My initial training in counselling had been a 2 year part-time course with Frank Lake’s Clinical Theology Association in 1976/7. While a headteacher in special education I undertook a further course in counselling but after 2 years I left this in dissatisfaction at what we were being offered. After my retirement from education, I trained in massage with Sean Doherty. Following this I grasped the opportunity to follow a 3-year training in Post-Reichian Body-Centred Psychotherapy with Sean and with Silke Ziehl. This method is called Energetic Integration, the creation of the late Jack Painter from California; EI is recognised by the European Association of Body-Psychotherapy as a free-standing form of therapy. In 1995 I was invited to join the team of therapists at the Cavendish Centre for Cancer Care in Sheffield; at the same time I started my private practice. I helped to run the Northern Massage Association, an organisation for the professional support of massage practitioners. Postgraduate work in craniosacral therapy that I undertook has been of deepening significance in my work. In 2001 I was introduced to the Hakomi Method. I helped to set up and for some years manage the trainings in the Hakomi Method in Britain. I had the privilege of being taught by Ron Kurtz, by his senior trainers from Canada and Flint Sparks from Texas.
From 2007 onwards I made several visits to Ashland, Oregon, to spend time with Ron Kurtz, creator of Hakomi, initially as a student and latterly as an assistant on his trainings. It was from him that in 2007 I received my certification as a Practitioner and, two years later, as a Teacher of Hakomi. Sadly Ron died in January 2011. I am thankful I was free to attend his Memorial Service; my membership of the Hakomi Community in Ashland is dear to me. In some years subsequently I assisted on the Deepening Hakomi training that Bob Milone and Marcia Burton run on Salt Spring Island BC.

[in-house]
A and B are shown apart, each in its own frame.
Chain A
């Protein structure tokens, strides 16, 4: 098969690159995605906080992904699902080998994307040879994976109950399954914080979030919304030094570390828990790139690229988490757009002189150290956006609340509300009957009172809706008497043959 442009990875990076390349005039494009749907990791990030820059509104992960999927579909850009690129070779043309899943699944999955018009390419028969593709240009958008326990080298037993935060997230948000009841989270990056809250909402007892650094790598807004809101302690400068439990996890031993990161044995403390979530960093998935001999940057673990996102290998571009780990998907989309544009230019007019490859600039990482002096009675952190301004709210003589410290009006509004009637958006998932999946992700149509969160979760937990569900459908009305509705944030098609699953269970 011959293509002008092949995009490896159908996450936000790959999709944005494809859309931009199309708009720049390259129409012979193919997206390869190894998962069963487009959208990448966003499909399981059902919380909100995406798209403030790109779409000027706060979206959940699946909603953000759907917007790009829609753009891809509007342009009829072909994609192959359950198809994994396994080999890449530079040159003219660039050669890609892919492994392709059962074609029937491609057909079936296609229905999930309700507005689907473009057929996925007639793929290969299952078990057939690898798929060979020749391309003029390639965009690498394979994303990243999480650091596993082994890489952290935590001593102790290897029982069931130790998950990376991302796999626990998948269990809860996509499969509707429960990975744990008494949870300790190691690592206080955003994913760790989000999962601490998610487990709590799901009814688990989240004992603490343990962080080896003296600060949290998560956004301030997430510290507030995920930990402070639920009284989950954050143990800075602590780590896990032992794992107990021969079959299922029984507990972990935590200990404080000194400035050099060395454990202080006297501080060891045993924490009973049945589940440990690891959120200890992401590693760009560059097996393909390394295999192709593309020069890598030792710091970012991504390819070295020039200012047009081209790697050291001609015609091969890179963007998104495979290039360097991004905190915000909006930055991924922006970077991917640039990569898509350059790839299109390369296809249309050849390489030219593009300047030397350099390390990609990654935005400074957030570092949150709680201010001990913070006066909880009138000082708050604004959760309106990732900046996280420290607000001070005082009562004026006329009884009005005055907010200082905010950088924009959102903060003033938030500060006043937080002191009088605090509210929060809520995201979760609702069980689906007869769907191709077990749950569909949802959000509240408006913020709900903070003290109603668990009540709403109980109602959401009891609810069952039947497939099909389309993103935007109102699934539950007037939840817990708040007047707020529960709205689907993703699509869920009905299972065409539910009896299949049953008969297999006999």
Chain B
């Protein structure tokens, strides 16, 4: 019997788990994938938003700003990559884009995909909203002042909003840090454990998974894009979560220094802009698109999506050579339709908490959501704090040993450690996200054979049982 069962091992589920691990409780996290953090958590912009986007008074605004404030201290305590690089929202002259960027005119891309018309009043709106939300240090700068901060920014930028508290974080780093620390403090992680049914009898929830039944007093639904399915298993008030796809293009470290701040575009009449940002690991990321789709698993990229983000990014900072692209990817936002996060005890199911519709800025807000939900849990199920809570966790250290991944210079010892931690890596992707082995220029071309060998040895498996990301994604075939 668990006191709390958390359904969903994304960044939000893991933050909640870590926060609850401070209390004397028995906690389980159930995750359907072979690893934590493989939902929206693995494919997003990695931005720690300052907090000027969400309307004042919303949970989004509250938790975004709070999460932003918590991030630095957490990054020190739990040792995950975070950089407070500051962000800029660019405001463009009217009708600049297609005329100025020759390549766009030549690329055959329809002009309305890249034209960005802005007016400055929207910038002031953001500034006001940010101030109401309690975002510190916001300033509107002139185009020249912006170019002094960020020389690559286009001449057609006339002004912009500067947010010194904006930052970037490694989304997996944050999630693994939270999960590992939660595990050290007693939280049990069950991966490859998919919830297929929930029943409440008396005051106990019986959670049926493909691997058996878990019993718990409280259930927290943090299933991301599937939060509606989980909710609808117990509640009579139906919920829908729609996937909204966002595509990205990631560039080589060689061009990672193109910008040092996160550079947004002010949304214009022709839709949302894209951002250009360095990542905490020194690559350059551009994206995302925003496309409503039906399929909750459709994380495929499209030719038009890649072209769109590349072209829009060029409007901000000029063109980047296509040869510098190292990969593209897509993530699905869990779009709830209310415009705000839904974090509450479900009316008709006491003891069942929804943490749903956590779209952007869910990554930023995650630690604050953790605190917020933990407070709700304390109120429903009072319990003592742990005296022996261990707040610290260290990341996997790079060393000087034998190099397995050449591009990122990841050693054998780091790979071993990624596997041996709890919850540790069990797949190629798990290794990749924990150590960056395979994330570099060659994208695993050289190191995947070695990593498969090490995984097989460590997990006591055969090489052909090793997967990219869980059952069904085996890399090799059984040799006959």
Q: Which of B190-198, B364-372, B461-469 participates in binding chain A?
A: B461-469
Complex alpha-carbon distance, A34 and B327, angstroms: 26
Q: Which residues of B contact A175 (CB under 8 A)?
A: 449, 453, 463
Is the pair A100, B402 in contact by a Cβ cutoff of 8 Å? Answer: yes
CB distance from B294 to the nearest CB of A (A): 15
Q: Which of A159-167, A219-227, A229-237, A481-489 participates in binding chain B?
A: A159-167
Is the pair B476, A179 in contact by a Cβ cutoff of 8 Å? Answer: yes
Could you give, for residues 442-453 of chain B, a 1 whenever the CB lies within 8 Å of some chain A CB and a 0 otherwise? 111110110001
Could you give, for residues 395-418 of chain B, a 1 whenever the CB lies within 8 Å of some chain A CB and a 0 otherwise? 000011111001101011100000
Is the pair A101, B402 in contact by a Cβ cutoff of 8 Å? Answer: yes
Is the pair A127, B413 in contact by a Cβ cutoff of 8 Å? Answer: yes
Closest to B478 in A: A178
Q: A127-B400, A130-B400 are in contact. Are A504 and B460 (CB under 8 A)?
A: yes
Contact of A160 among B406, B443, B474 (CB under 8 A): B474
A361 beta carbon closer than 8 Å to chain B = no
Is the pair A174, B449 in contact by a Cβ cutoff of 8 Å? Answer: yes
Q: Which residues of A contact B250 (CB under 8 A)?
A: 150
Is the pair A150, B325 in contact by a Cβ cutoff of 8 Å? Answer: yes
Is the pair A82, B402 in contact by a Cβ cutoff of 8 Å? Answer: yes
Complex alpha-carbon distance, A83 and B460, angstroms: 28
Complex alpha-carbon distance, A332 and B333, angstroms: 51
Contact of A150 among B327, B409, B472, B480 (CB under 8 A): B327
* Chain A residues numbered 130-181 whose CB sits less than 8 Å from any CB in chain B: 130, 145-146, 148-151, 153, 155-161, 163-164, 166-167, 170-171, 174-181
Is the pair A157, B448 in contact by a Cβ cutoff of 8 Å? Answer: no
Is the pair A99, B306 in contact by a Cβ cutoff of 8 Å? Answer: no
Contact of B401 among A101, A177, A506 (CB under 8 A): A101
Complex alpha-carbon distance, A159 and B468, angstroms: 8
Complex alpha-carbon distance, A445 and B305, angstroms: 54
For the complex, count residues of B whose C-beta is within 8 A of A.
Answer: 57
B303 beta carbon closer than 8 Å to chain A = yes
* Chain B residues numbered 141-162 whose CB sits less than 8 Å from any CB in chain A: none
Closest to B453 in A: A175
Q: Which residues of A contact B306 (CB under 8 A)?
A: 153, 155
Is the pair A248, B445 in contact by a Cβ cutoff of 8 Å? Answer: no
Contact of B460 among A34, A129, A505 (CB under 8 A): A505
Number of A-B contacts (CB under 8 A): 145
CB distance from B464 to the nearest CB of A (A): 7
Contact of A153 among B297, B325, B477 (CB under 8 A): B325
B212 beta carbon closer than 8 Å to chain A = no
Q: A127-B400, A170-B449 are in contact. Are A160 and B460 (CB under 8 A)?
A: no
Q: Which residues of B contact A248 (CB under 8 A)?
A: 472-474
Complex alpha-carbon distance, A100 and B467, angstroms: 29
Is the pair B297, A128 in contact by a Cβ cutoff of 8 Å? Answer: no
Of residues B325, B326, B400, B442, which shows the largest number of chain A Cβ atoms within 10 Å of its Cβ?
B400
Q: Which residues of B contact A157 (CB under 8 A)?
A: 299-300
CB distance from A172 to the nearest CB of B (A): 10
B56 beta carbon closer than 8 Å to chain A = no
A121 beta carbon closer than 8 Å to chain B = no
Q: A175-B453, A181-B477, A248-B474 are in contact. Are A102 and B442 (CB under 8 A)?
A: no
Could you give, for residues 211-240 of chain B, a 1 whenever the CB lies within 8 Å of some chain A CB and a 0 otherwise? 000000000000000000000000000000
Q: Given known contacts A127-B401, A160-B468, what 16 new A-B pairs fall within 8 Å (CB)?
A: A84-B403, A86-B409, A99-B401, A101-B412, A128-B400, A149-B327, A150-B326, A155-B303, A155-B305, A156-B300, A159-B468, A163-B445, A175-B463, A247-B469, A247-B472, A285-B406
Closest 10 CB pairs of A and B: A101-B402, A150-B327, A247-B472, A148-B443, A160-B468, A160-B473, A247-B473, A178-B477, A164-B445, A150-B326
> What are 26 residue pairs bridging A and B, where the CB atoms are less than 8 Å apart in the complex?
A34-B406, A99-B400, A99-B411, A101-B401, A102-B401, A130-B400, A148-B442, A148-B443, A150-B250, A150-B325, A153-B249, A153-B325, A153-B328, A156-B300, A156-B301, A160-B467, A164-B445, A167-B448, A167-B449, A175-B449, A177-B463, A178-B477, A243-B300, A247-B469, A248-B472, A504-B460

I am registered with the Hakomi Institute (US) and I am Accredited as a Body Psychotherapist with the European Association for Body-Psychotherapy (EABP).
In addition to deepening my skills in Hakomi I undertook training in Emotional Freedom Technique (EFT) valuing the technique but deciding not to go for qualification.
Since 2009 I have regularly attended the retreats which Flint as a Zen priest has conducted in Switzerland and in Cumbria. The practice of Mindfulness underpins my teaching and my work.
On my own personal journey I discovered the place of expressive work in therapy and in personal development through courses and retreats with Chloë Goodchild, the inspirational creator of Naked Voice and with members of her team of Naked Voice Facilitators.
Most important of all, for the last 13 years, I have been working with the American poet, therapist and soul teacher Kim Rosen.. This started with attending her annual retreats in County Mayo. The ongoing work over the subsequent years – retreats, annual online Soul Schools, workshops arranged here in Sheffield, the 3 weeks of training in delivering Breathwork sessions , as well as supervision, mentoring and deep mutual friendship have all been utterly life-changing. I have spent several precious weeks with Kim assisting her on her retreats in California. The work initially centred on poetry as a channel for transformation; now I can think of no better term to describe it than a Soul School. I see my own position as that of an elder, apprenticing other elders as well as some amazing younger leaders, in a world that desperately needs elderhood and leadership. I seem to find I am chosen as an ally to women who are taking on the mantle of explorers and guides in the realm of the divine feminine.
I am homoured to be one of Kim’s core team. Together we have built an international fellowship that is transformational unlike any other experience in my life. Working with Kim has led to new ways of working as therapist and teacher. It has fed the ways I relate in other communities to which I belong.
My learning journey has been about so much more than training courses, success and achievement. I recognise that what I bring to this work is also what I have learned though other life experiences – failures, mistakes, disappointments, setbacks and defeats as well as those times when all has gone well. There have been many times when I have been given more learning as a therapist (as well as personally), through my own journey, than any courses could possibly have provided. This truth does not appear on any certificate but it needs to be said!